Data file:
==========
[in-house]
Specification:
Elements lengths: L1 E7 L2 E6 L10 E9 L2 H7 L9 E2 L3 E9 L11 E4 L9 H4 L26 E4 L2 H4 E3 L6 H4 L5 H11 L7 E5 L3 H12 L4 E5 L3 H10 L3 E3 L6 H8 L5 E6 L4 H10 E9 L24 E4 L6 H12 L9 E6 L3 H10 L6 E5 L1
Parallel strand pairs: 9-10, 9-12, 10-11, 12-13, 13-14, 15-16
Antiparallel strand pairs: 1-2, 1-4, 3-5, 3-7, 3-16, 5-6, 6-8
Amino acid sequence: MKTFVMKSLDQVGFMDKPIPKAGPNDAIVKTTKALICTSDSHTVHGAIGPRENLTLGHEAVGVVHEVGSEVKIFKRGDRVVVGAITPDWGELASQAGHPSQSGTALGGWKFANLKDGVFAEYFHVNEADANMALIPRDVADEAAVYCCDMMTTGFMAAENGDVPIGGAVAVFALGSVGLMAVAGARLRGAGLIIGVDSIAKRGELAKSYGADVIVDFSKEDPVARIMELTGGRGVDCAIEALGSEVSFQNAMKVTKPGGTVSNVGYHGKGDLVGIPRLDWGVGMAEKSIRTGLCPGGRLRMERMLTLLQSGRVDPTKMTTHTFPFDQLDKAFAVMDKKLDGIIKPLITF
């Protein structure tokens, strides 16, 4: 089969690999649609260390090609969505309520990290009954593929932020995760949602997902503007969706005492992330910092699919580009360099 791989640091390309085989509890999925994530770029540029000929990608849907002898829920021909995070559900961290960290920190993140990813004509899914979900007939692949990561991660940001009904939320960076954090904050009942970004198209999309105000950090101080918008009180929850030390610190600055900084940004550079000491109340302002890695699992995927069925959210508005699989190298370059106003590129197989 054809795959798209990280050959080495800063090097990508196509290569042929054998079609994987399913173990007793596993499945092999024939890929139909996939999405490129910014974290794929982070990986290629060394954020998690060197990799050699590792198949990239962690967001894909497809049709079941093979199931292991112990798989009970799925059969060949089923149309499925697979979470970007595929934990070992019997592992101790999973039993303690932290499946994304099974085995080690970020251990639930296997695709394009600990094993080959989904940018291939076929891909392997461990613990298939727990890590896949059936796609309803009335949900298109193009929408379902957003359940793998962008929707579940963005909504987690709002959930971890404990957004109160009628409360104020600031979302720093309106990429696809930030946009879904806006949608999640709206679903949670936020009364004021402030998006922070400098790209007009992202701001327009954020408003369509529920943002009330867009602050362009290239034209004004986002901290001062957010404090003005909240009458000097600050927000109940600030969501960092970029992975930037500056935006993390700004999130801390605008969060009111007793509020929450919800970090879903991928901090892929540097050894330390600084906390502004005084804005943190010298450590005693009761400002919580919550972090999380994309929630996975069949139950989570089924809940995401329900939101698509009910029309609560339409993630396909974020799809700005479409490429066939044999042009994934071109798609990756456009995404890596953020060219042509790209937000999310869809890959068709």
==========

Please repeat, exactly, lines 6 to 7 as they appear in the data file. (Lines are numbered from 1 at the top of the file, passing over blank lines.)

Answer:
Amino acid sequence: MKTFVMKSLDQVGFMDKPIPKAGPNDAIVKTTKALICTSDSHTVHGAIGPRENLTLGHEAVGVVHEVGSEVKIFKRGDRVVVGAITPDWGELASQAGHPSQSGTALGGWKFANLKDGVFAEYFHVNEADANMALIPRDVADEAAVYCCDMMTTGFMAAENGDVPIGGAVAVFALGSVGLMAVAGARLRGAGLIIGVDSIAKRGELAKSYGADVIVDFSKEDPVARIMELTGGRGVDCAIEALGSEVSFQNAMKVTKPGGTVSNVGYHGKGDLVGIPRLDWGVGMAEKSIRTGLCPGGRLRMERMLTLLQSGRVDPTKMTTHTFPFDQLDKAFAVMDKKLDGIIKPLITF
């Protein structure tokens, strides 16, 4: 089969690999649609260390090609969505309520990290009954593929932020995760949602997902503007969706005492992330910092699919580009360099 791989640091390309085989509890999925994530770029540029000929990608849907002898829920021909995070559900961290960290920190993140990813004509899914979900007939692949990561991660940001009904939320960076954090904050009942970004198209999309105000950090101080918008009180929850030390610190600055900084940004550079000491109340302002890695699992995927069925959210508005699989190298370059106003590129197989 054809795959798209990280050959080495800063090097990508196509290569042929054998079609994987399913173990007793596993499945092999024939890929139909996939999405490129910014974290794929982070990986290629060394954020998690060197990799050699590792198949990239962690967001894909497809049709079941093979199931292991112990798989009970799925059969060949089923149309499925697979979470970007595929934990070992019997592992101790999973039993303690932290499946994304099974085995080690970020251990639930296997695709394009600990094993080959989904940018291939076929891909392997461990613990298939727990890590896949059936796609309803009335949900298109193009929408379902957003359940793998962008929707579940963005909504987690709002959930971890404990957004109160009628409360104020600031979302720093309106990429696809930030946009879904806006949608999640709206679903949670936020009364004021402030998006922070400098790209007009992202701001327009954020408003369509529920943002009330867009602050362009290239034209004004986002901290001062957010404090003005909240009458000097600050927000109940600030969501960092970029992975930037500056935006993390700004999130801390605008969060009111007793509020929450919800970090879903991928901090892929540097050894330390600084906390502004005084804005943190010298450590005693009761400002919580919550972090999380994309929630996975069949139950989570089924809940995401329900939101698509009910029309609560339409993630396909974020799809700005479409490429066939044999042009994934071109798609990756456009995404890596953020060219042509790209937000999310869809890959068709």